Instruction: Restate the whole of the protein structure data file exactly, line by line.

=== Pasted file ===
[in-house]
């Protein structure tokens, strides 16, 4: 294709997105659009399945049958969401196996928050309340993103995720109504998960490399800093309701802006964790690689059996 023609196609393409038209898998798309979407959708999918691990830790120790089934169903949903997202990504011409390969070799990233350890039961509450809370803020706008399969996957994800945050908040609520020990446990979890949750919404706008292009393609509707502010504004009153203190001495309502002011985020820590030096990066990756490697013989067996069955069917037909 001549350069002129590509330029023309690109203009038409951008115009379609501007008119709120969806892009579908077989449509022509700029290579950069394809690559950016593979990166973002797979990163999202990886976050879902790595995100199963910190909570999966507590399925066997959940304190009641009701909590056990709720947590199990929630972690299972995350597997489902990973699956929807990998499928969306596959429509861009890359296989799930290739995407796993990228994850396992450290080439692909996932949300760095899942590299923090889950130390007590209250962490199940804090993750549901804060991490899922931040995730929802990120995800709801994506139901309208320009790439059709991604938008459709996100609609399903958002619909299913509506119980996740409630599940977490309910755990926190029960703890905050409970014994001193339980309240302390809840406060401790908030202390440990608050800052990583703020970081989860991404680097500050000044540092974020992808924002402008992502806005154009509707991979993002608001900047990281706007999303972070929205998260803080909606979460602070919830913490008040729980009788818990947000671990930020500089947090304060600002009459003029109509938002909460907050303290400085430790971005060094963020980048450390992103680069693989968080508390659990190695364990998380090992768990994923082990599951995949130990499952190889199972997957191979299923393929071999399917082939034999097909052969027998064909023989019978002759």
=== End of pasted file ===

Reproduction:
[in-house]
């Protein structure tokens, strides 16, 4: 294709997105659009399945049958969401196996928050309340993103995720109504998960490399800093309701802006964790690689059996 023609196609393409038209898998798309979407959708999918691990830790120790089934169903949903997202990504011409390969070799990233350890039961509450809370803020706008399969996957994800945050908040609520020990446990979890949750919404706008292009393609509707502010504004009153203190001495309502002011985020820590030096990066990756490697013989067996069955069917037909 001549350069002129590509330029023309690109203009038409951008115009379609501007008119709120969806892009579908077989449509022509700029290579950069394809690559950016593979990166973002797979990163999202990886976050879902790595995100199963910190909570999966507590399925066997959940304190009641009701909590056990709720947590199990929630972690299972995350597997489902990973699956929807990998499928969306596959429509861009890359296989799930290739995407796993990228994850396992450290080439692909996932949300760095899942590299923090889950130390007590209250962490199940804090993750549901804060991490899922931040995730929802990120995800709801994506139901309208320009790439059709991604938008459709996100609609399903958002619909299913509506119980996740409630599940977490309910755990926190029960703890905050409970014994001193339980309240302390809840406060401790908030202390440990608050800052990583703020970081989860991404680097500050000044540092974020992808924002402008992502806005154009509707991979993002608001900047990281706007999303972070929205998260803080909606979460602070919830913490008040729980009788818990947000671990930020500089947090304060600002009459003029109509938002909460907050303290400085430790971005060094963020980048450390992103680069693989968080508390659990190695364990998380090992768990994923082990599951995949130990499952190889199972997957191979299923393929071999399917082939034999097909052969027998064909023989019978002759």